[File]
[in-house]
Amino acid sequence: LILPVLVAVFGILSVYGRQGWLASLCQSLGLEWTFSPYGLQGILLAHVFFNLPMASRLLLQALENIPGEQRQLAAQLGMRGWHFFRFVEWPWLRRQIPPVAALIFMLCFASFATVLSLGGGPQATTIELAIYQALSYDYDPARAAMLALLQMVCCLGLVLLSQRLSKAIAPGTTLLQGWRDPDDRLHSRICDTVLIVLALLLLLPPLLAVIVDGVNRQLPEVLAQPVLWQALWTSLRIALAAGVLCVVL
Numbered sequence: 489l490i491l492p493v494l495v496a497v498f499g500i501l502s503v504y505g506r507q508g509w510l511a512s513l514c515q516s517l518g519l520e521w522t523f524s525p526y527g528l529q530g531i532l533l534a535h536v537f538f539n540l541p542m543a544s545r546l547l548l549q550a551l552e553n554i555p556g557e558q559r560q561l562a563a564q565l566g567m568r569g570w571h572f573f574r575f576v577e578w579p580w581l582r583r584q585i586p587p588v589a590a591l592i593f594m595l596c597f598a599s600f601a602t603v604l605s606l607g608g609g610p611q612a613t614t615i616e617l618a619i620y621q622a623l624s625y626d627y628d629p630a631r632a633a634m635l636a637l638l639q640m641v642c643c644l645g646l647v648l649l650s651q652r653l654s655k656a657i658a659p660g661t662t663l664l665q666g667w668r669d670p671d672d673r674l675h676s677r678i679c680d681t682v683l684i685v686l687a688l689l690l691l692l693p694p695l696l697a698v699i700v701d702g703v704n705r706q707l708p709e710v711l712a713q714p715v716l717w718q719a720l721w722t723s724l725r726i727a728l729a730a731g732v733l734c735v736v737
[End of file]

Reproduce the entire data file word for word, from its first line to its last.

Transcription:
[in-house]
Amino acid sequence: LILPVLVAVFGILSVYGRQGWLASLCQSLGLEWTFSPYGLQGILLAHVFFNLPMASRLLLQALENIPGEQRQLAAQLGMRGWHFFRFVEWPWLRRQIPPVAALIFMLCFASFATVLSLGGGPQATTIELAIYQALSYDYDPARAAMLALLQMVCCLGLVLLSQRLSKAIAPGTTLLQGWRDPDDRLHSRICDTVLIVLALLLLLPPLLAVIVDGVNRQLPEVLAQPVLWQALWTSLRIALAAGVLCVVL
Numbered sequence: 489l490i491l492p493v494l495v496a497v498f499g500i501l502s503v504y505g506r507q508g509w510l511a512s513l514c515q516s517l518g519l520e521w522t523f524s525p526y527g528l529q530g531i532l533l534a535h536v537f538f539n540l541p542m543a544s545r546l547l548l549q550a551l552e553n554i555p556g557e558q559r560q561l562a563a564q565l566g567m568r569g570w571h572f573f574r575f576v577e578w579p580w581l582r583r584q585i586p587p588v589a590a591l592i593f594m595l596c597f598a599s600f601a602t603v604l605s606l607g608g609g610p611q612a613t614t615i616e617l618a619i620y621q622a623l624s625y626d627y628d629p630a631r632a633a634m635l636a637l638l639q640m641v642c643c644l645g646l647v648l649l650s651q652r653l654s655k656a657i658a659p660g661t662t663l664l665q666g667w668r669d670p671d672d673r674l675h676s677r678i679c680d681t682v683l684i685v686l687a688l689l690l691l692l693p694p695l696l697a698v699i700v701d702g703v704n705r706q707l708p709e710v711l712a713q714p715v716l717w718q719a720l721w722t723s724l725r726i727a728l729a730a731g732v733l734c735v736v737